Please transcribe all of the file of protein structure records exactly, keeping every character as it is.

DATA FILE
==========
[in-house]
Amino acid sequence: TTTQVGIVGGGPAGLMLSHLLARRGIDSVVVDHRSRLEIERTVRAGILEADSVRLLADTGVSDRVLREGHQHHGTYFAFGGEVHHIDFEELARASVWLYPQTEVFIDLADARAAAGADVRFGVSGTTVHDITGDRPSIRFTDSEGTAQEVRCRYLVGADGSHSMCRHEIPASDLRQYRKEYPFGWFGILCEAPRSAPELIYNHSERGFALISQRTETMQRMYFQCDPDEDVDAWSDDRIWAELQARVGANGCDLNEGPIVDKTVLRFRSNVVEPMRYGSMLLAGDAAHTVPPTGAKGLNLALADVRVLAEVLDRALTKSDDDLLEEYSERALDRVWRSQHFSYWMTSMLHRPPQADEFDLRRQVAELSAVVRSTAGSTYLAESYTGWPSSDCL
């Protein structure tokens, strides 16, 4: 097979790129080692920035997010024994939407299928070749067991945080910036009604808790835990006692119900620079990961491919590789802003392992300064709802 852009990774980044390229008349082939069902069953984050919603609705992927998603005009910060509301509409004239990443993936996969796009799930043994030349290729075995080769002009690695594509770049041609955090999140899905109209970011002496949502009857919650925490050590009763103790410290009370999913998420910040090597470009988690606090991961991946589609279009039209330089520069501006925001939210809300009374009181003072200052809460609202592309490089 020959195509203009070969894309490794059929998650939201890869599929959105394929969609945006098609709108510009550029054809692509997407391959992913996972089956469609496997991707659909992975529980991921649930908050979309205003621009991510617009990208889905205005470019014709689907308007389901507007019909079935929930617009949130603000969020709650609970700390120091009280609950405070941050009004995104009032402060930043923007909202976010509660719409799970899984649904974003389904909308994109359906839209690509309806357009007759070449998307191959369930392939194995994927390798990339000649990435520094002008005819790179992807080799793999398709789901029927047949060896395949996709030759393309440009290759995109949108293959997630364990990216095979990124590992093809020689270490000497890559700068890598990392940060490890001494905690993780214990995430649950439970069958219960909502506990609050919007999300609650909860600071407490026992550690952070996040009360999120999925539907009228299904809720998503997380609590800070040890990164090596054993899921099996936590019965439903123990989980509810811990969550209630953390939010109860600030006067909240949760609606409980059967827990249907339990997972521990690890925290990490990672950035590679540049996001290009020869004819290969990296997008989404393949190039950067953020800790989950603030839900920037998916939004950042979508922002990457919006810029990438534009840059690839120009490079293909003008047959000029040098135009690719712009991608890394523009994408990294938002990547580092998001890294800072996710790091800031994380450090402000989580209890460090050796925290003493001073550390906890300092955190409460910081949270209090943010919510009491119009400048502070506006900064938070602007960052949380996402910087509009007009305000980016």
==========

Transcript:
[in-house]
Amino acid sequence: TTTQVGIVGGGPAGLMLSHLLARRGIDSVVVDHRSRLEIERTVRAGILEADSVRLLADTGVSDRVLREGHQHHGTYFAFGGEVHHIDFEELARASVWLYPQTEVFIDLADARAAAGADVRFGVSGTTVHDITGDRPSIRFTDSEGTAQEVRCRYLVGADGSHSMCRHEIPASDLRQYRKEYPFGWFGILCEAPRSAPELIYNHSERGFALISQRTETMQRMYFQCDPDEDVDAWSDDRIWAELQARVGANGCDLNEGPIVDKTVLRFRSNVVEPMRYGSMLLAGDAAHTVPPTGAKGLNLALADVRVLAEVLDRALTKSDDDLLEEYSERALDRVWRSQHFSYWMTSMLHRPPQADEFDLRRQVAELSAVVRSTAGSTYLAESYTGWPSSDCL
């Protein structure tokens, strides 16, 4: 097979790129080692920035997010024994939407299928070749067991945080910036009604808790835990006692119900620079990961491919590789802003392992300064709802 852009990774980044390229008349082939069902069953984050919603609705992927998603005009910060509301509409004239990443993936996969796009799930043994030349290729075995080769002009690695594509770049041609955090999140899905109209970011002496949502009857919650925490050590009763103790410290009370999913998420910040090597470009988690606090991961991946589609279009039209330089520069501006925001939210809300009374009181003072200052809460609202592309490089 020959195509203009070969894309490794059929998650939201890869599929959105394929969609945006098609709108510009550029054809692509997407391959992913996972089956469609496997991707659909992975529980991921649930908050979309205003621009991510617009990208889905205005470019014709689907308007389901507007019909079935929930617009949130603000969020709650609970700390120091009280609950405070941050009004995104009032402060930043923007909202976010509660719409799970899984649904974003389904909308994109359906839209690509309806357009007759070449998307191959369930392939194995994927390798990339000649990435520094002008005819790179992807080799793999398709789901029927047949060896395949996709030759393309440009290759995109949108293959997630364990990216095979990124590992093809020689270490000497890559700068890598990392940060490890001494905690993780214990995430649950439970069958219960909502506990609050919007999300609650909860600071407490026992550690952070996040009360999120999925539907009228299904809720998503997380609590800070040890990164090596054993899921099996936590019965439903123990989980509810811990969550209630953390939010109860600030006067909240949760609606409980059967827990249907339990997972521990690890925290990490990672950035590679540049996001290009020869004819290969990296997008989404393949190039950067953020800790989950603030839900920037998916939004950042979508922002990457919006810029990438534009840059690839120009490079293909003008047959000029040098135009690719712009991608890394523009994408990294938002990547580092998001890294800072996710790091800031994380450090402000989580209890460090050796925290003493001073550390906890300092955190409460910081949270209090943010919510009491119009400048502070506006900064938070602007960052949380996402910087509009007009305000980016």